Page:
By Stephanie Rosenbaum
ANYONE WHO'S EVER bought a bunch of bananas has been faced
with the overripe-banana problem. You wait a day or two for the green
to disappear, you take one for lunch, slice another on your cereal ...
and by the end of the week there is always one left, rapidly blackening
and about two days over the acceptable-banana-ripeness line. That's
where banana bread comes in. Just as zucchini bread only exists as a
sort of edible Humane Society for overproductive gardens, so banana
bread rescues all of the too-squishy fruit that went brown too fast.
Most people are a little finicky about bananas themselves this
one's too green, that one's too spotted but banana bread, sweet
and comforting, neatly dispenses with all of that anxiety. Those annoying,
clingy little strings, the inevitable wet brown bruise at the bottom:
all dissolved into a happy, toasty mélange of butter, sugar,
and flour. There's a certain smug thriftiness to banana bread, too.
I have no shame about taking other people's black bananas home. Because
for the best banana bread, you want an absolutely, wildly overripe banana,
the kind no one would think of eating anymore, one whose skin comes
off in thin strips and the inside is more ochre than yellow.
Like bananas, banana bread can be so ubiquitous as to be invisible.
Wrapped in plastic on café counters, sliced and sold at bake
sales, pushed over near the cookies at potlucks: what everyone likes
about it is easy to forget. It wasn't until I suddenly smelled the aroma
of buttery hot-from-the-oven banana bread where I least expected it
that I was reminded of how good it can be. It was a freezing-cold day
in Paris, at the Sunday morning organic market on the boulevard Raspail.
Among the stacks of leeks and pumpkins and lavender soap, the whiff
of fresh baking wrapped around like a hug. It wasn't from the
guys frying up huge, sloppy, potato-carrot pancakes, or the other guys
dispensing Moroccan mint tea and hot chocolate. No, the smell came from
a big open truck fitted with a convection oven and bakery racks, run
by a farmerish-looking guy speaking fluent French and selling steaming
hot oatmeal cookies, English muffins, and banana bread. It turned out
he was Michael Healey, an American businessman turned baker, who had
a house in a small village in the Loire Valley and came up once a week
to the market. His real passion was his handmade whole-wheat English
muffins; the banana bread and brownies were, you could tell, just the
candy to please the customers who hadn't evolved to English-muffin level.
And he did do a pretty brisk English-muffin trade, I'll admit. His stand
was mobbed all morning, but really, it was the chocolate-and-banana
smell, utterly mesmerizing on that bleak winter day, and also because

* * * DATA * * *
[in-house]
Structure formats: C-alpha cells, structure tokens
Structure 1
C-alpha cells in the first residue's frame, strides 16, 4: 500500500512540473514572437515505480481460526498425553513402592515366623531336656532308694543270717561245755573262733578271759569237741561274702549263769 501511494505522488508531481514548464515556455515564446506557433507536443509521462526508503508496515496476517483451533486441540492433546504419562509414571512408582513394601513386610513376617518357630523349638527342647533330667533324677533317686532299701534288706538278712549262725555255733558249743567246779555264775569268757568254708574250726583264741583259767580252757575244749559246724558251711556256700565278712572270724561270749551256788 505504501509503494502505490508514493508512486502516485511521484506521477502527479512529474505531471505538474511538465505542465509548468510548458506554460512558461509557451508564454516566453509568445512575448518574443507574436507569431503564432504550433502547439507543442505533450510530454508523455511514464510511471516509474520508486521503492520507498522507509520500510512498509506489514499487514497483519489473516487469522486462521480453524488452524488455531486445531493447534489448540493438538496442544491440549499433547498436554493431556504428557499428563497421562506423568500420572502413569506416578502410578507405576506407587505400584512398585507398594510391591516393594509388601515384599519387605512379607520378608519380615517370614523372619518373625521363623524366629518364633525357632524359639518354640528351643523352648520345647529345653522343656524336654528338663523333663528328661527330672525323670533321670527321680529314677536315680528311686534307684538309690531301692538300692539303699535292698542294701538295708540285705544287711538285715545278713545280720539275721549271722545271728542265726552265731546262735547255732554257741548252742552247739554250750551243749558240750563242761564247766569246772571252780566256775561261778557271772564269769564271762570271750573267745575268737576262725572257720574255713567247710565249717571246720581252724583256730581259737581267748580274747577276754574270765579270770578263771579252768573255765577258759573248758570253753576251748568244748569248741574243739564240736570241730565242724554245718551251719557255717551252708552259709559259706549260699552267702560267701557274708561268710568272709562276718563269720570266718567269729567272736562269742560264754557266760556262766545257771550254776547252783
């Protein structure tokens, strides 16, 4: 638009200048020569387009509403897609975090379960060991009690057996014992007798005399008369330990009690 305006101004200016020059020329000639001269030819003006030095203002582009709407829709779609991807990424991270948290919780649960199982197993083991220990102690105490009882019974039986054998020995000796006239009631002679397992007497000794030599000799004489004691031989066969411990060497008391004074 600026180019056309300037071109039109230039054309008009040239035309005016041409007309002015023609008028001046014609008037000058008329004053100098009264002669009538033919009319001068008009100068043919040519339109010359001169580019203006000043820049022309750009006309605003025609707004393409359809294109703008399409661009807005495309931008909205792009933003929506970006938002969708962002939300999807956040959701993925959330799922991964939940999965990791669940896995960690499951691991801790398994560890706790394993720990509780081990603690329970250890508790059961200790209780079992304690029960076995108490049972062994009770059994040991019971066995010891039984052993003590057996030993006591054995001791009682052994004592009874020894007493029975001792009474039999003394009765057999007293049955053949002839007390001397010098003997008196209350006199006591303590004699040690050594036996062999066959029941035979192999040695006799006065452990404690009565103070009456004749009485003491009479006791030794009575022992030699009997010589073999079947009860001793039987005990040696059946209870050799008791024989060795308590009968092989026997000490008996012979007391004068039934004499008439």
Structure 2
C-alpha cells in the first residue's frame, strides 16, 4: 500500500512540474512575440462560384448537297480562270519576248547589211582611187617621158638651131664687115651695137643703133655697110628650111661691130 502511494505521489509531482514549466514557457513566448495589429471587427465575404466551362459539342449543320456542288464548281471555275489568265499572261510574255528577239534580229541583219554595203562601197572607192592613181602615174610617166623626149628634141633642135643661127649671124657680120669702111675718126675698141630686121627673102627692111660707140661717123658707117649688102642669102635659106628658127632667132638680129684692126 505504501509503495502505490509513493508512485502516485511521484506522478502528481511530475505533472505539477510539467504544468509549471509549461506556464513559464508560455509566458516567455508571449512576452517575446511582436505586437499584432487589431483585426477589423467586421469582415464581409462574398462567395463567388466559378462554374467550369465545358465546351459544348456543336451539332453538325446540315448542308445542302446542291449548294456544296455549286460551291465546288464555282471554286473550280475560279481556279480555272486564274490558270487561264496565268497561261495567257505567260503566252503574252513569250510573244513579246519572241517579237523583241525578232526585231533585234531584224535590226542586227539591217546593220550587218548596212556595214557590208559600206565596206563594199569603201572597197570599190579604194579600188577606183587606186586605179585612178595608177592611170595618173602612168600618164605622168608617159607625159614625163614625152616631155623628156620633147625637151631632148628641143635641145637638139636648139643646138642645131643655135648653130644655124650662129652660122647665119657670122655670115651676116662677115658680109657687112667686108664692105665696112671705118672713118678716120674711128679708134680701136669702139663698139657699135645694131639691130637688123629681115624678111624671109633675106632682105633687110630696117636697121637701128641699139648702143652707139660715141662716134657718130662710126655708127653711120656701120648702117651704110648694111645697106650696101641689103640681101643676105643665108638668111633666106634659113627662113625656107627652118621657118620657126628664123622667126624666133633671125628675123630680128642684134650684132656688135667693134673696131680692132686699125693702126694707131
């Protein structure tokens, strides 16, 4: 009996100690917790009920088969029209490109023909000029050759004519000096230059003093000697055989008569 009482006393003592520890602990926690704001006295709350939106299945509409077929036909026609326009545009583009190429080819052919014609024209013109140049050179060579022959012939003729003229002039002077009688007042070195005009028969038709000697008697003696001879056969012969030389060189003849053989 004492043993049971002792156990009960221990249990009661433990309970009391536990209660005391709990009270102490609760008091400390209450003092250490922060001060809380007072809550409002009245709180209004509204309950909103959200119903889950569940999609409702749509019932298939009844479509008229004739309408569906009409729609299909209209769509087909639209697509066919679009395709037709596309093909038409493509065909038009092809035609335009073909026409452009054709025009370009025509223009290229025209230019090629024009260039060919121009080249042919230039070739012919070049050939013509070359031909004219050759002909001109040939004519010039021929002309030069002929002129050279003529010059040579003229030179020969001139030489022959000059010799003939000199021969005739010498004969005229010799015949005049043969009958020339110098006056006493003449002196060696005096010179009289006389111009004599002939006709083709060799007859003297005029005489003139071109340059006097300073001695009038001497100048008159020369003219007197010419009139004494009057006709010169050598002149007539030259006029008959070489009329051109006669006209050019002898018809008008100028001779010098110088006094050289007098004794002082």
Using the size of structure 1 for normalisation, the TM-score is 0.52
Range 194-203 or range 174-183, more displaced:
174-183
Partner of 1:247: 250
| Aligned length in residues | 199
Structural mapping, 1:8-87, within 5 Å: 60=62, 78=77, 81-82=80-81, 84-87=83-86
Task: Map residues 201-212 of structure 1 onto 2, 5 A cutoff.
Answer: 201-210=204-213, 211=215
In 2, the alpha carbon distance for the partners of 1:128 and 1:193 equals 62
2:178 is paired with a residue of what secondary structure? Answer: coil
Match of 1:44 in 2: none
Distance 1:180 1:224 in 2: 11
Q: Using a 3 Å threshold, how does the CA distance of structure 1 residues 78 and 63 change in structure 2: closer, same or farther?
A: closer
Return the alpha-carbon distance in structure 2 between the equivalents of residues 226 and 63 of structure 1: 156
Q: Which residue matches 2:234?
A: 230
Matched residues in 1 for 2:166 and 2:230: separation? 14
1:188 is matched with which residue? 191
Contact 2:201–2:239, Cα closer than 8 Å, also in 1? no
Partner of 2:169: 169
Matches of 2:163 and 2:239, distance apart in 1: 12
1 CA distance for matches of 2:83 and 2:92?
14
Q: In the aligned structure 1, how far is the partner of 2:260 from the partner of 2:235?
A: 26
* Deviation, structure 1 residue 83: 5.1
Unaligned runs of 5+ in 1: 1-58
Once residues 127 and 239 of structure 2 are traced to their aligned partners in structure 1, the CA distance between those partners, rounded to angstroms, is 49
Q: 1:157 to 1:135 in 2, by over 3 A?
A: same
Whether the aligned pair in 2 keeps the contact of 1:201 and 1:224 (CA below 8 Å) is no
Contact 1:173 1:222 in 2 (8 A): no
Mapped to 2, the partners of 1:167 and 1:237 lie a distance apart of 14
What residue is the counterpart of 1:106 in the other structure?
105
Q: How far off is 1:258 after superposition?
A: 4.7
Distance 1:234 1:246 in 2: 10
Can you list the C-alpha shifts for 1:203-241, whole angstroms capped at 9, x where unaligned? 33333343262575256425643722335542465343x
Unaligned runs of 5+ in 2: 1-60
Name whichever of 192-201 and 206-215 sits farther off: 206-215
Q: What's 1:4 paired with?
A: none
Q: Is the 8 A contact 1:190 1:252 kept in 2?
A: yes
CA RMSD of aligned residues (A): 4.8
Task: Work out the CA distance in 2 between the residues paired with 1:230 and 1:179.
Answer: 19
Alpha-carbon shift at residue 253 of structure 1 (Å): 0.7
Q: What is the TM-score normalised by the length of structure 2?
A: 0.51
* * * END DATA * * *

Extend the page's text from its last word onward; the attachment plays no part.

even the French won't turn down a good brownie, or a hot little loaf
of banana bread. I spent a lot of time in tearooms on that trip, escaping
the pelting rain and hail outside, and every place had "crumble
pomme" (apple crumble) on the menu, often alongside chocolate chip
cookies, brownies, and "gateau carotte" (carrot cake).
Good as Healey's hot miniloaves were, especially on that freezing February
morning, I still maintain that the most perfect recipe comes from my
mother's 1970-ish edition of the New York Times Cookbook, under
the heading "Banana Tea Bread." It may very well be in the
current version of the cookbook today; banana bread is not a recipe
to go out of fashion. There are healthier, whole-wheat-and-honey versions
out there, I'm sure, but they are not for me. Heavy, gummy bricks of
banana bread are, alas, something of a staple in health food restaurants.
This recipe produces a classic tea bread, easily sliced, perfect for
breakfast (lightly toasted with cream cheese and apricot jam) and dessert
(strangely compatible with chocolate ice cream). It keeps well and can
be frozen. With this recipe around, you'll never waste a banana again.
You might even charm the French.
Perfect Banana Bread
13/4 cups unbleached all-purpose flour
2 tsp baking powder
1/4 tsp baking soda
1/2 tsp salt
1/3 cup butter, softened
2/3 cup sugar
3 extraripe, brown-skinned bananas (approximately 1 cup, mashed)
1/2 cup walnut or pecan pieces, toasted (optional)
Preheat oven to 350 degrees. Grease a loaf pan. Sift or mix dry ingredients
together; set aside. Cream butter and sugar together, beating
until smooth. Beat in eggs. Using a fork or your hands, squish bananas
until thoroughly mashed. Stir 1/3 of flour mixture into butter mixture.
Mix lightly. Add 1/3 of mashed bananas. Stir. Repeat, alternating flour
and banana, until all ingredients are mixed together. Stir in walnuts,
if using. Spoon into a loaf pan. Bake for one hour and 10 minutes,
until the loaf is deep golden brown and a knife inserted in the center
comes out clean. Let cool on a rack.
E-mail Stephanie Rosenbaum at email@example.com.